3
$\begingroup$

I've been introduced to the concept of dual space in linear algebra. I can understand perfectly that the dual space of the space $V$ is a space $V^*$ made of all possible linear maps from $V$ to $\mathbb{R}$. So, for example, let $V$ be $\mathbb{R^3}$, then we have, as elements of the dual space, for example:

$$F(x,y,z) = x + y\\F(x,y,z) = -x + z\\F(x,y,z) = 3z\\F(x,y,z) = 3x + 4y + 5z\\ \cdots$$

What I don't understand, it's why these things called functionals, span the dual space. I've seen a proof but I didn't understand. I know (at least have an intuition) that the dual space can be represented as the space of all possible linear combinations of $x,y,z$ like:

$$F(x,y,z) = ax + by + cz$$

but how to prove that this is suficient to generate the entire space? And why that rule that maps to $0$ and $1$ form a basis to this space?

Sorry by all these questions, but this concept seemed a lot strange for me, and I can't understand why dual spaces and finding its basis are so important.

$\endgroup$
6
  • 1
    $\begingroup$ Perhaps it's a typo, but the dual space for a vector space $V$ over $\mathbb{R}$ should be all linear maps $V \to \mathbb{R}$. $\endgroup$ – Maanroof Jan 29 '15 at 21:58
  • $\begingroup$ @Maanroof thanks, fixed $\endgroup$ – Guerlando OCs Jan 29 '15 at 22:02
  • $\begingroup$ Does it also help your understanding? Assuming we are talking finite-dimensional vector spaces, am I correct you want to know why a dual basis is a basis for $V^*$? $\endgroup$ – Maanroof Jan 29 '15 at 22:05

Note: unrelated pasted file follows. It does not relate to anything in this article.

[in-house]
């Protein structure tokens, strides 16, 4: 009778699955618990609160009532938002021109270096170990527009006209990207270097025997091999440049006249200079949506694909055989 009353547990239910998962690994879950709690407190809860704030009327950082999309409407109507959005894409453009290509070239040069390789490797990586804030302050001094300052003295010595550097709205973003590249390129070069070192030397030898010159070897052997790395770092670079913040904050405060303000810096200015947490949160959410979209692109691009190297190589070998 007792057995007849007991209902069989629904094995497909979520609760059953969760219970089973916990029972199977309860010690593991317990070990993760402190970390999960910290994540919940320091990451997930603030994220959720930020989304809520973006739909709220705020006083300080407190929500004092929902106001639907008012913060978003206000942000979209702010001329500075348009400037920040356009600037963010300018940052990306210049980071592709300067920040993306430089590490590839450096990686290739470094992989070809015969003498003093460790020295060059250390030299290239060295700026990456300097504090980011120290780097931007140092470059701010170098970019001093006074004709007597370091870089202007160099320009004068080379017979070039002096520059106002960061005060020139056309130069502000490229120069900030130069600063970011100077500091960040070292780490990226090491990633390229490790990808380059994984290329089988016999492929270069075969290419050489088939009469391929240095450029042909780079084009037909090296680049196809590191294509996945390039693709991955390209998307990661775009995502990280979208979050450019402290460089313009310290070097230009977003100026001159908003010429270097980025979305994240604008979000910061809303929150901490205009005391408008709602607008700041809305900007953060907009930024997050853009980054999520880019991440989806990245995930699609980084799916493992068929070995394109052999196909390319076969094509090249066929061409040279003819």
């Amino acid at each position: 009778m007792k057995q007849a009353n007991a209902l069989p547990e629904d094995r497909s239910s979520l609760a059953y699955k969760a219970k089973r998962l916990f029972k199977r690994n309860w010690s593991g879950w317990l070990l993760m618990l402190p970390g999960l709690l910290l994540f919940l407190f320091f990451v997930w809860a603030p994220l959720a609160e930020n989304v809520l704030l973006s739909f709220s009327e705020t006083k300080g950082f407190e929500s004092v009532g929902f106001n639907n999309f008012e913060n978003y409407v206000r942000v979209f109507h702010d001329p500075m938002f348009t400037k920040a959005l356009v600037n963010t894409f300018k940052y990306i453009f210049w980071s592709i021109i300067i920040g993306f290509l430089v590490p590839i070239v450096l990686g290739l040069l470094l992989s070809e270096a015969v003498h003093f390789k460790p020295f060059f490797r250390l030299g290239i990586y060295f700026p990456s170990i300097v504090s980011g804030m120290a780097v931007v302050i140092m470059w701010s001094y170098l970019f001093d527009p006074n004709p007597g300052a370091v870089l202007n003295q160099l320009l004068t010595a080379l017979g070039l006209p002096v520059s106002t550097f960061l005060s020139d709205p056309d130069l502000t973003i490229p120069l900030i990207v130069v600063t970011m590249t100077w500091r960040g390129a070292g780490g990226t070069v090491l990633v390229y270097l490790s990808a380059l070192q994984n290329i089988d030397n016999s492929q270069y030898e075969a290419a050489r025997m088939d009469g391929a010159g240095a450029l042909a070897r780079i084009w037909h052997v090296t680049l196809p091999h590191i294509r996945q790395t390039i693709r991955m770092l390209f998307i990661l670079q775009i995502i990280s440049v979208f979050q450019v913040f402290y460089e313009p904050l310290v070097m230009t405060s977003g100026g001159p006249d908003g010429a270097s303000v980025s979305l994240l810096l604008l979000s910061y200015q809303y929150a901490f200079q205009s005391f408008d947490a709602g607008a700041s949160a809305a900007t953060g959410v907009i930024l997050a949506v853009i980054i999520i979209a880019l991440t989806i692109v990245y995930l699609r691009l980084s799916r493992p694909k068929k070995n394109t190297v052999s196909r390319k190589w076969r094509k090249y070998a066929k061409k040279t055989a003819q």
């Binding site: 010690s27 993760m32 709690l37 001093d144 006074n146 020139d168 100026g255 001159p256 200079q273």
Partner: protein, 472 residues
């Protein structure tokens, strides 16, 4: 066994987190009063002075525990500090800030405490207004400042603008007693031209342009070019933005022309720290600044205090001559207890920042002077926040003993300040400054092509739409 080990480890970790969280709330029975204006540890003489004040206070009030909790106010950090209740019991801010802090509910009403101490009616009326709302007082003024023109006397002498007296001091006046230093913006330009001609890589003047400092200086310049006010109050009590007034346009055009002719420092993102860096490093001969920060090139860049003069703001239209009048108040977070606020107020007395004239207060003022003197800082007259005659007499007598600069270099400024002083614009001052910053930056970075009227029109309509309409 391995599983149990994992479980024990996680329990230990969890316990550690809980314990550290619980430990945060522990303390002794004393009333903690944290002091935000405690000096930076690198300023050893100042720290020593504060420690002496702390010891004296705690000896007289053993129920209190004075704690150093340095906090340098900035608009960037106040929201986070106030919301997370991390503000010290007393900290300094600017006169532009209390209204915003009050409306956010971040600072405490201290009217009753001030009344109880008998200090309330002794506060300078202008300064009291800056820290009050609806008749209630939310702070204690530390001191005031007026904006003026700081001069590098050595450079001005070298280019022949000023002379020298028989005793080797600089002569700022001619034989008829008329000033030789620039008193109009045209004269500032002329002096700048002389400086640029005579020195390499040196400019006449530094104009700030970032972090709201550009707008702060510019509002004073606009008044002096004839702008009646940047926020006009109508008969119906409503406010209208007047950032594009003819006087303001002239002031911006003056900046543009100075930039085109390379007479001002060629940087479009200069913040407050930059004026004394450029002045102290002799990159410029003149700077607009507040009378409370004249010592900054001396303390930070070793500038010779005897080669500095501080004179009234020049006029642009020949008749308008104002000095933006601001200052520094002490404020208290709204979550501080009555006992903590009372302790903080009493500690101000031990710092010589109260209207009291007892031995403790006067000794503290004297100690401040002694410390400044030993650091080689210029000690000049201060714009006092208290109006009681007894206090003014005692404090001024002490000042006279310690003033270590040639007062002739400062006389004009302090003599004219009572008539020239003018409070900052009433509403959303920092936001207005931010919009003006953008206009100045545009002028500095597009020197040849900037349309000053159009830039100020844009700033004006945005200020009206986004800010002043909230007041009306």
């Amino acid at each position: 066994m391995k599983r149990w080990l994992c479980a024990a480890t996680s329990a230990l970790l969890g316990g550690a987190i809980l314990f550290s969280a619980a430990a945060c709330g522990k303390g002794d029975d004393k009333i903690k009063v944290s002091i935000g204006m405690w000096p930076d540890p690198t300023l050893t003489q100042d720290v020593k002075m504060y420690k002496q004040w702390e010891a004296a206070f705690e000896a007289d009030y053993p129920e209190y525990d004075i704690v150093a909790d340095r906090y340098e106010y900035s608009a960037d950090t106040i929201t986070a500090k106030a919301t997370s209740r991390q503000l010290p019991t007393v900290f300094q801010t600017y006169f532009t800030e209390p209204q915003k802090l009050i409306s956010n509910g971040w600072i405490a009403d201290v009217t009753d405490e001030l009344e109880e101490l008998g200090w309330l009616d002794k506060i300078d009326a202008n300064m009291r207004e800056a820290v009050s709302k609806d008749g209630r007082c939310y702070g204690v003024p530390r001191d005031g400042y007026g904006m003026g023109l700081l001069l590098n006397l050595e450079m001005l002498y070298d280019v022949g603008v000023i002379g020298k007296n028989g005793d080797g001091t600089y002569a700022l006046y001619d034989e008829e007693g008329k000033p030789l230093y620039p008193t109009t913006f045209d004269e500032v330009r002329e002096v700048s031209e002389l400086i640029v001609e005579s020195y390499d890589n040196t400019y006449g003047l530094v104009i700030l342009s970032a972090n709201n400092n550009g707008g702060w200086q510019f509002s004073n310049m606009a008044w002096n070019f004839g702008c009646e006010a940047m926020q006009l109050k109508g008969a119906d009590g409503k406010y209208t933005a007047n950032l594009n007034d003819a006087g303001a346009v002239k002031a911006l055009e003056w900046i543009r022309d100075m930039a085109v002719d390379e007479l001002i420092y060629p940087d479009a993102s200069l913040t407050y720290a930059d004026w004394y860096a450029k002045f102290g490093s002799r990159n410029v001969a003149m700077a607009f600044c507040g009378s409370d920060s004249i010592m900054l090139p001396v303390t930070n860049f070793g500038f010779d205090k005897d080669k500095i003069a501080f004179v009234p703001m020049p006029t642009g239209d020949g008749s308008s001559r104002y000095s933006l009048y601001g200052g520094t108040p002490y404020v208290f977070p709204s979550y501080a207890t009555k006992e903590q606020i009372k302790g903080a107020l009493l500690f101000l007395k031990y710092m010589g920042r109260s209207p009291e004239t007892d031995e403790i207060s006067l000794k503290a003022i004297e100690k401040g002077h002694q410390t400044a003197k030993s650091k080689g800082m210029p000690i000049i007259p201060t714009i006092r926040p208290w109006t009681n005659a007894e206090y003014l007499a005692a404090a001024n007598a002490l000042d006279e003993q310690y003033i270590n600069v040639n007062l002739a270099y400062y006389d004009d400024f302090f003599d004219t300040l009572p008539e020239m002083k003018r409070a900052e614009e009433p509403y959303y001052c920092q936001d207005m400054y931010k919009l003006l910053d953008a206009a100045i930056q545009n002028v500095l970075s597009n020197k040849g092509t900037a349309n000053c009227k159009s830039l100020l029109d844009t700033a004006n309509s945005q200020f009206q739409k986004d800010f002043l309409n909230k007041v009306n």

• $\begingroup$ @Maanroof yes, I want to know why those linear maps defined that way (that $0$ and $1$ thing) spans the dual space. $\endgroup$ – Guerlando OCs Jan 29 '15 at 22:07
  • $\begingroup$ Well, you need to show two things then: linearly independence and the fact that they span the whole space. For the first, fix a basis $\mathcal{B} = e_1,e_2,...,e_n$ of our space $V$ over $k$, and let $e^1,e^2,....,e^n$ be the associated dual basis. Take an linear combination $\sum_{i=1}^n \lambda_i e^i$ equal to zero and deduce that all $\lambda_i$'s must be zero. As I recall this is fairly straightforward (using the $\delta_i^j$'s). For the second point, use that an arbitrary $\varphi \in V^*$ is linear, and consider what it does on $\mathcal{B}$. $\endgroup$ – Maanroof Jan 29 '15 at 22:15
4
$\begingroup$

Any linear map $fu$ from $V=\mathbf R^3$ to $\mathbf R$ is determined by its values on the vectors of a base $\mathcal B =(e_1, e_2, e_3)$. For if $v=\lambda e_1+\mu e_2+\nu e_3$, then $f(v)=\lambda f(e_1)+\mu f(e_2)+\nu f(e_3)$.

Now if $f(e_1)=\alpha_1$, $f(e_2)=\alpha_2$, $f(e_3)=\alpha_3$ and if $e_1^*, e_2^*,e_3^*$ is the dual basis of $\mathcal B$, it's easy to check that $$f=\alpha_1 e_1^*+\alpha_2 e_2^*+\alpha_3 e_3^*$$ since both sides take the same value for $\,e_1,e_2,e_3$.

$\endgroup$

Your Answer

By clicking “Post Your Answer”, you agree to our terms of service, privacy policy and cookie policy

Not the answer you're looking for? Browse other questions tagged or ask your own question.